Saturday, April 27, 2013


Puako owl, Hawaii, Ellen Belef, Sept. 2012.

At the Puako petroglyph site on the island of Hawaii, this figure on the right is called the Puako Owl. If this identification is correct that means that it is a representation of the Pueo (Asio flammeus sandwichensis), a subspecies of the Short-eared owl that is endemic to the Hawaiian Islands. The Pueo also represents an ancestor spirit (na’aumakua) in Hawaiian culture.

Figure on right is called the Puako owl, Joe Belef, 2012.
Inhabiting forests and grasslands throughout the islands, their numbers are now in decline, especially on the island of Oahu, and they are now listed as an endangered species.The Pueo was first named Strix sandwichensis in 1825, by Andrew Bloxam, a naturalist aboard the british ship HMS Bonde. It is now classified as a subspecies of the Short-eared Owl, Asio flammeus. The Pueo nests on the ground which leaves their eggs and young vulnerable to predators such as the mongoose and cats, as well as by bulldozers (Wikipedia).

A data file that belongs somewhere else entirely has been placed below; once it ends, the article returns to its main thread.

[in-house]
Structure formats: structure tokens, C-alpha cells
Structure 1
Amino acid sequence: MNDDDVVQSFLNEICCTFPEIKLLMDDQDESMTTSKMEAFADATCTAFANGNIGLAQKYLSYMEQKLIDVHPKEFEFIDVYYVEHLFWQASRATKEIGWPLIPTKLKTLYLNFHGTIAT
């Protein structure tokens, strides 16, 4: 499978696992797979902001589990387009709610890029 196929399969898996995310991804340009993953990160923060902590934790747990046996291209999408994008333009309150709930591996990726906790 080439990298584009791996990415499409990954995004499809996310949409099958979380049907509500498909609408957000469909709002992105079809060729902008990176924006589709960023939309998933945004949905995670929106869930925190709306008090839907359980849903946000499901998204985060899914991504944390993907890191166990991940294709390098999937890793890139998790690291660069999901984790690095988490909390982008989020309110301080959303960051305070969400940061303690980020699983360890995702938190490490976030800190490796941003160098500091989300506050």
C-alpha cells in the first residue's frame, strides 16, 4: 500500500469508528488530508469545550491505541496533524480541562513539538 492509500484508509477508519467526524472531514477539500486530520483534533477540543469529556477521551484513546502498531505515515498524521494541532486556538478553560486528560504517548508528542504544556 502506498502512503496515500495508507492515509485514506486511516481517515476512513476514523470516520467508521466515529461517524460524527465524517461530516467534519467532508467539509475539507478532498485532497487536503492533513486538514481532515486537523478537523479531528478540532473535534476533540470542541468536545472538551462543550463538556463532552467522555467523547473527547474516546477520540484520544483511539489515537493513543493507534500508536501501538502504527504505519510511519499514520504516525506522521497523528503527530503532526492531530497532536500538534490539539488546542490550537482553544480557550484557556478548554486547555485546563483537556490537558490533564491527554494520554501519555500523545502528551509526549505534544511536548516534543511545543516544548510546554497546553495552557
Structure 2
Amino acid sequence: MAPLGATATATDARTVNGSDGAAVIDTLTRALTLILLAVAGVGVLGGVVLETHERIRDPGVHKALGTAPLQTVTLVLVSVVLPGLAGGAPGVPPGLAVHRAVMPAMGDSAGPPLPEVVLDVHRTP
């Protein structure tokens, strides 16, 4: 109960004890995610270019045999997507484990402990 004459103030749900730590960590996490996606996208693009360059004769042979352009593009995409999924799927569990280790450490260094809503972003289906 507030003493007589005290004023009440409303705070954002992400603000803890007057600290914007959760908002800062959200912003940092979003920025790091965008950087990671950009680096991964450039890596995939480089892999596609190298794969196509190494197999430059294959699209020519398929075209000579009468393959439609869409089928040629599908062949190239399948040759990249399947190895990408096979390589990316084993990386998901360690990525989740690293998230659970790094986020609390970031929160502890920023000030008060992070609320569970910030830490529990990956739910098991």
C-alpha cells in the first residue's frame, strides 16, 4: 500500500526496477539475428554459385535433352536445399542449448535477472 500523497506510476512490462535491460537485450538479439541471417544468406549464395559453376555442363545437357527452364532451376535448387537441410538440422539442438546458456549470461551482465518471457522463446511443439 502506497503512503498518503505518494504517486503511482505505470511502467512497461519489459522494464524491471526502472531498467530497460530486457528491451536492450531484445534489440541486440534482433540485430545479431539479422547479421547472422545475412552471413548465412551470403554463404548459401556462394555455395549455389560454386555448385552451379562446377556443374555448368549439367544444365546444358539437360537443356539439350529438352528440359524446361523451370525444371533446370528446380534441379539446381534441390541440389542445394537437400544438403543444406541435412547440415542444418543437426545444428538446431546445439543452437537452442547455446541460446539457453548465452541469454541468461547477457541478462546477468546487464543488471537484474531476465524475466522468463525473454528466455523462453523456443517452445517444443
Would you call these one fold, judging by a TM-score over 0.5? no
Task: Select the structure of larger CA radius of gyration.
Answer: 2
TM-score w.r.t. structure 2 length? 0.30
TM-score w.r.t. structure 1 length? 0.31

Hawaiian Pueo owl, Asio flammeus sandwichensisWikipedia. 
In mythology, as an amakua, the owl is specifically skilled in battle.
“The most famous legend, "The Battle of the Owls" underscores the aumakua's force. It relates the story of an Oahu man who robbed an owl's nest: After he slung the coveted bounty in his knapsack, the owl-parent shrieked with grief and complaint. The man felt sorry and quickly returned the eggs unharmed to the nest. Not only that, he took the owl as his god and built a temple in its honor. Naturally, the ruling chief thought this an act of rebellion against the prevalent gods, and ordered the man's execution. The weapon was poised, the man feared his last breath, and the owls gathered, darkening the skies with their wings. Any further action of the king's soldiers became impossible. The man walked free. Pueo-hulu-nui near Moanalua on Oahu is one of the alleged places where the awesome battle took place.”